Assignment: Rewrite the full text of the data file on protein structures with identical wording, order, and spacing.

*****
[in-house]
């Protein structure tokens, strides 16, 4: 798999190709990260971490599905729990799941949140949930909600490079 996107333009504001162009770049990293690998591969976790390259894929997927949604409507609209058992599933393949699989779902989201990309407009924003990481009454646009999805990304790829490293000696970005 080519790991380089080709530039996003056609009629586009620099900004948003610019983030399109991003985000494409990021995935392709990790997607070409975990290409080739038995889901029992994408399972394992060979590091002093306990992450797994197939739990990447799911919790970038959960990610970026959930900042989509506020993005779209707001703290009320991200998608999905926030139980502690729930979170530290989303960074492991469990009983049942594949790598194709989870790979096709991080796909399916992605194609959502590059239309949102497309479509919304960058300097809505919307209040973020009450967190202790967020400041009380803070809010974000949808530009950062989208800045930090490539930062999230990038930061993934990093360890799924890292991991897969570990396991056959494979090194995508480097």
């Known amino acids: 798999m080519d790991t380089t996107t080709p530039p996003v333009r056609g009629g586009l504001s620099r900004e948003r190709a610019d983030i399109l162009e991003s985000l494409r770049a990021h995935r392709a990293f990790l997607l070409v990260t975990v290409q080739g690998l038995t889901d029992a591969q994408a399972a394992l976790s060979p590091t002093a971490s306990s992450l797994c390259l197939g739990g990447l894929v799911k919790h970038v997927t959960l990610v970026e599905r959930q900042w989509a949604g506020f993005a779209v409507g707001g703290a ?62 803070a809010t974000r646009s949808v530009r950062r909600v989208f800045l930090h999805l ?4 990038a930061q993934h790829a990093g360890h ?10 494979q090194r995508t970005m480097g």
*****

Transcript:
[in-house]
């Protein structure tokens, strides 16, 4: 798999190709990260971490599905729990799941949140949930909600490079 996107333009504001162009770049990293690998591969976790390259894929997927949604409507609209058992599933393949699989779902989201990309407009924003990481009454646009999805990304790829490293000696970005 080519790991380089080709530039996003056609009629586009620099900004948003610019983030399109991003985000494409990021995935392709990790997607070409975990290409080739038995889901029992994408399972394992060979590091002093306990992450797994197939739990990447799911919790970038959960990610970026959930900042989509506020993005779209707001703290009320991200998608999905926030139980502690729930979170530290989303960074492991469990009983049942594949790598194709989870790979096709991080796909399916992605194609959502590059239309949102497309479509919304960058300097809505919307209040973020009450967190202790967020400041009380803070809010974000949808530009950062989208800045930090490539930062999230990038930061993934990093360890799924890292991991897969570990396991056959494979090194995508480097």
């Known amino acids: 798999m080519d790991t380089t996107t080709p530039p996003v333009r056609g009629g586009l504001s620099r900004e948003r190709a610019d983030i399109l162009e991003s985000l494409r770049a990021h995935r392709a990293f990790l997607l070409v990260t975990v290409q080739g690998l038995t889901d029992a591969q994408a399972a394992l976790s060979p590091t002093a971490s306990s992450l797994c390259l197939g739990g990447l894929v799911k919790h970038v997927t959960l990610v970026e599905r959930q900042w989509a949604g506020f993005a779209v409507g707001g703290a ?62 803070a809010t974000r646009s949808v530009r950062r909600v989208f800045l930090h999805l ?4 990038a930061q993934h790829a990093g360890h ?10 494979q090194r995508t970005m480097g």